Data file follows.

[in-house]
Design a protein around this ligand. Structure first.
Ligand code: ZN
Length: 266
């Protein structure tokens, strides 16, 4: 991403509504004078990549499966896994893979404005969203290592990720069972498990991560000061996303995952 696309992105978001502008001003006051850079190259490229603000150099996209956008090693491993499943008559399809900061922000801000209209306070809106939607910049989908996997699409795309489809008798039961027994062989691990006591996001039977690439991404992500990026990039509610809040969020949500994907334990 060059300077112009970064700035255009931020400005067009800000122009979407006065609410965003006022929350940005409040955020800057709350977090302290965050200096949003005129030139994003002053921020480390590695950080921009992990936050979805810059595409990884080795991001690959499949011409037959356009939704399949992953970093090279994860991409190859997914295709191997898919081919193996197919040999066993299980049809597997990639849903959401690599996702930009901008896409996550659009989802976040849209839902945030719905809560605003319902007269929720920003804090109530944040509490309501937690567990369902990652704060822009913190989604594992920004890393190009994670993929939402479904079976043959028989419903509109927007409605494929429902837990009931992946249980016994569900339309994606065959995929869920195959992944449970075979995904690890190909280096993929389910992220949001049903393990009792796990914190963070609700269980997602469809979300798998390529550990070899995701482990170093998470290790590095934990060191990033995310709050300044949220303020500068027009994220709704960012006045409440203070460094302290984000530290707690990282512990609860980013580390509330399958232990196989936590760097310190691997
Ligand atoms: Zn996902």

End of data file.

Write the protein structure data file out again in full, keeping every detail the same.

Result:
[in-house]
Design a protein around this ligand. Structure first.
Ligand code: ZN
Length: 266
């Protein structure tokens, strides 16, 4: 991403509504004078990549499966896994893979404005969203290592990720069972498990991560000061996303995952 696309992105978001502008001003006051850079190259490229603000150099996209956008090693491993499943008559399809900061922000801000209209306070809106939607910049989908996997699409795309489809008798039961027994062989691990006591996001039977690439991404992500990026990039509610809040969020949500994907334990 060059300077112009970064700035255009931020400005067009800000122009979407006065609410965003006022929350940005409040955020800057709350977090302290965050200096949003005129030139994003002053921020480390590695950080921009992990936050979805810059595409990884080795991001690959499949011409037959356009939704399949992953970093090279994860991409190859997914295709191997898919081919193996197919040999066993299980049809597997990639849903959401690599996702930009901008896409996550659009989802976040849209839902945030719905809560605003319902007269929720920003804090109530944040509490309501937690567990369902990652704060822009913190989604594992920004890393190009994670993929939402479904079976043959028989419903509109927007409605494929429902837990009931992946249980016994569900339309994606065959995929869920195959992944449970075979995904690890190909280096993929389910992220949001049903393990009792796990914190963070609700269980997602469809979300798998390529550990070899995701482990170093998470290790590095934990060191990033995310709050300044949220303020500068027009994220709704960012006045409440203070460094302290984000530290707690990282512990609860980013580390509330399958232990196989936590760097310190691997
Ligand atoms: Zn996902």